Today's lesson, Racism. If you see something written here that you’ve said or done, use it as an opportunity. Take it as a wake up call and make the decision to grow, change and be conscious of your own privilege. Remember, I am not a speaker for the entirety of a people. Use this blog as a reference tool, not as the one and only view on the topic.
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I see a lot of questions around “When” an ally should speak up. I would never be able to go over each and every possible scenario but I can give you a few rules of thumb. As with most “ally” discussions this can often be applied to other areas but in keeping with theme, this will be about anti-racism allies:
Speak up when the offended party is not around- You and your friend are hanging out. You are both white, they say something racist. Speak up. You need to speak up for two reasons. 1-To let them know what they said was wrong and 2-To let them know that YOU don’t think it is okay. Always remember, silence is acceptance.
Speak up until you are told otherwise- You (a white person) your friend (a white person) and another friend (a Black person) are all hanging out. Your white friend says something racist. Speak up. For the same reason’s as listed above. However, if the Black person says to let it go, let it go. It does NOT mean that the Black person agrees with what was said, it (more often than not) means that they feel like the argument is both futile and will single THEM out. This is not an easy place to be in, especially if you are the only person of color in the room. In many cases, you will be asked to stop just so they can not have to be the center of attention anymore. Please comply with the wishes of the PoC.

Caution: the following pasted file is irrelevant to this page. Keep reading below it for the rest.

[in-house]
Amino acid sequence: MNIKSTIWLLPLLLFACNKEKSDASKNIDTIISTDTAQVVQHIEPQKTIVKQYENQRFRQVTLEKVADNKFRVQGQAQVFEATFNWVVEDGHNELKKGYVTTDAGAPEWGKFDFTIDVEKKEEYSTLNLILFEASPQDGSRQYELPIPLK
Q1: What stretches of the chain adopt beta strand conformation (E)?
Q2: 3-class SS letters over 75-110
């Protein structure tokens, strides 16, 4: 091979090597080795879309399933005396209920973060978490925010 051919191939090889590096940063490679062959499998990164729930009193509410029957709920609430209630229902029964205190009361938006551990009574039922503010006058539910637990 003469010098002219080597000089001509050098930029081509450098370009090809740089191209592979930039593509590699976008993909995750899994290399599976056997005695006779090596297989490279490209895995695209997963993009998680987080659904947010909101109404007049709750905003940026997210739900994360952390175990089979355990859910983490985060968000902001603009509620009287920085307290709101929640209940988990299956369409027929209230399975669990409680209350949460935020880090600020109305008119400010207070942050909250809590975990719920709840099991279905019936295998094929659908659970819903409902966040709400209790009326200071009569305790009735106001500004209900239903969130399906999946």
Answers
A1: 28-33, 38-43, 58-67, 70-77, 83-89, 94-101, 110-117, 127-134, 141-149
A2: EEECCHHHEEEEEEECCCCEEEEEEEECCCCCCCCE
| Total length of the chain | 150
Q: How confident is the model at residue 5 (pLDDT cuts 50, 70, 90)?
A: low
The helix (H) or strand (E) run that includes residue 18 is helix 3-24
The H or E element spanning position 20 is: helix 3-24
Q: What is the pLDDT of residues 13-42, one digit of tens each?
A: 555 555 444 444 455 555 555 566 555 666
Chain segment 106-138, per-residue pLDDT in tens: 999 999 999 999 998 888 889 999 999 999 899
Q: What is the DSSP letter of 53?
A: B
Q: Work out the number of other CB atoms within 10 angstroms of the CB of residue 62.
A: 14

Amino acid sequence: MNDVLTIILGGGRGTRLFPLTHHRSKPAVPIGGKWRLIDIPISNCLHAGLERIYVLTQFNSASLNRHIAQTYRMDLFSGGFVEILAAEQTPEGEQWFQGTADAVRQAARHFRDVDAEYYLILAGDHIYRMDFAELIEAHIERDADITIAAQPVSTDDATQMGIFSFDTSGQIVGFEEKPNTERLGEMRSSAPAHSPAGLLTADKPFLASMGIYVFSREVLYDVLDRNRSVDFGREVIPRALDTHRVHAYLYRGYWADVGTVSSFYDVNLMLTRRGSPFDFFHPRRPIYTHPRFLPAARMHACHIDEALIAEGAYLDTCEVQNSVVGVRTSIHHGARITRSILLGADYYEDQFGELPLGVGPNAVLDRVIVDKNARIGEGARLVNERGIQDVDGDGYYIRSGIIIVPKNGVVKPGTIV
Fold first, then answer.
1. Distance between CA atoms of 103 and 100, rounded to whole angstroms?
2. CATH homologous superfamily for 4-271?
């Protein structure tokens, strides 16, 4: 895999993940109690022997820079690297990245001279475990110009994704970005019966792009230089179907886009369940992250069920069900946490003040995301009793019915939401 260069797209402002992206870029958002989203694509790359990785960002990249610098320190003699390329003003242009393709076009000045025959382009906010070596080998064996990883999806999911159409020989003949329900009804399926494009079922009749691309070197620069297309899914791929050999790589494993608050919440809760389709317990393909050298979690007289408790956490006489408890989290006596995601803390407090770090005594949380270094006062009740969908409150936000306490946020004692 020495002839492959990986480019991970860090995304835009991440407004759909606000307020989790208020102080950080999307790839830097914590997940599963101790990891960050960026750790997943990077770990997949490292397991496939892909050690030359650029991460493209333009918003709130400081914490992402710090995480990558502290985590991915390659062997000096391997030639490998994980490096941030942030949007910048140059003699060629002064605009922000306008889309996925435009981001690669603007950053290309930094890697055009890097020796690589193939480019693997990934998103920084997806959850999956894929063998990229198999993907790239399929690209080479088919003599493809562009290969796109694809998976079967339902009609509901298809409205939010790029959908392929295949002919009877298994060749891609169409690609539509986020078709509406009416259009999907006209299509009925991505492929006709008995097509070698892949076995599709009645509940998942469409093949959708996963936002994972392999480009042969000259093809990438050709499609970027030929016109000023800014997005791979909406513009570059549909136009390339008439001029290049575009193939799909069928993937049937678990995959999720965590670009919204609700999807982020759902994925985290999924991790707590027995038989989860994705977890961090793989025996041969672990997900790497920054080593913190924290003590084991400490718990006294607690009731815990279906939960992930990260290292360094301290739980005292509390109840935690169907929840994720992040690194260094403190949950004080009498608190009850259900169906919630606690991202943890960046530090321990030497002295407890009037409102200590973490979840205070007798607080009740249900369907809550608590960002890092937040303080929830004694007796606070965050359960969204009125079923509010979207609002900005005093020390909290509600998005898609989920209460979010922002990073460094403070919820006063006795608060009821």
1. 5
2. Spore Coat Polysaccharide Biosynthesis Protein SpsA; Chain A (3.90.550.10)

Never speak up- You (a white person) your friend (a Black person) and another friend (a Black person) are hanging out. One Black person says something about the Black race and the other friend disagrees. This turns into a discussion. Say nothing. You can however speak up if your opinion is asked for-but be warned. If you are the minority white person in the situation, know that human nature will likely cause the person you disagree with to say “This person doesn’t know.” They would not necessarily be wrong about that. Still, this is something that, in this situation I would strongly encourage you to stay out of altogether.
Know your place- This is the one that causes the most problems for allies. It’s really about knowing when to stop. Okay, you (a white person) are in a racial conversation with your friend (a Black person) this is an open conversation and the Black person has let you know that they are comfortable having this conversation. Now, you start asking questions about their experience or their view point as a Black person. This is perfectly fine if you have PREVIOUSLY been given the okay. Where this get’s tricky for some is when an opinion is given that you don’t agree with. It seems to be very difficult to remember that the experience you are asking for is that of the other person’s. The other person who has a vastly different experience than yourself. When they say something you don’t agree with, do not, I repeat DO NOT DISMISS THEIR WORDS. You disagreeing does not make you right. There is a VERY good chance that your experience and their experience are two very different things. The conversation itself (as long as you’ve been given the okay) is perfectly fine. Disagreeing is perfectly fine. However, talking over, dismissing, belittling or even arguing about who is right is a big NO-NO. This is not and never can be a situation of “I am right and you are wrong” because in this particular case, you think you are comparing green apples to red apples when in fact, you are comparing green apples to ice cream. Two very different perspectives and that is SO IMPORTANT to always remember as an ally.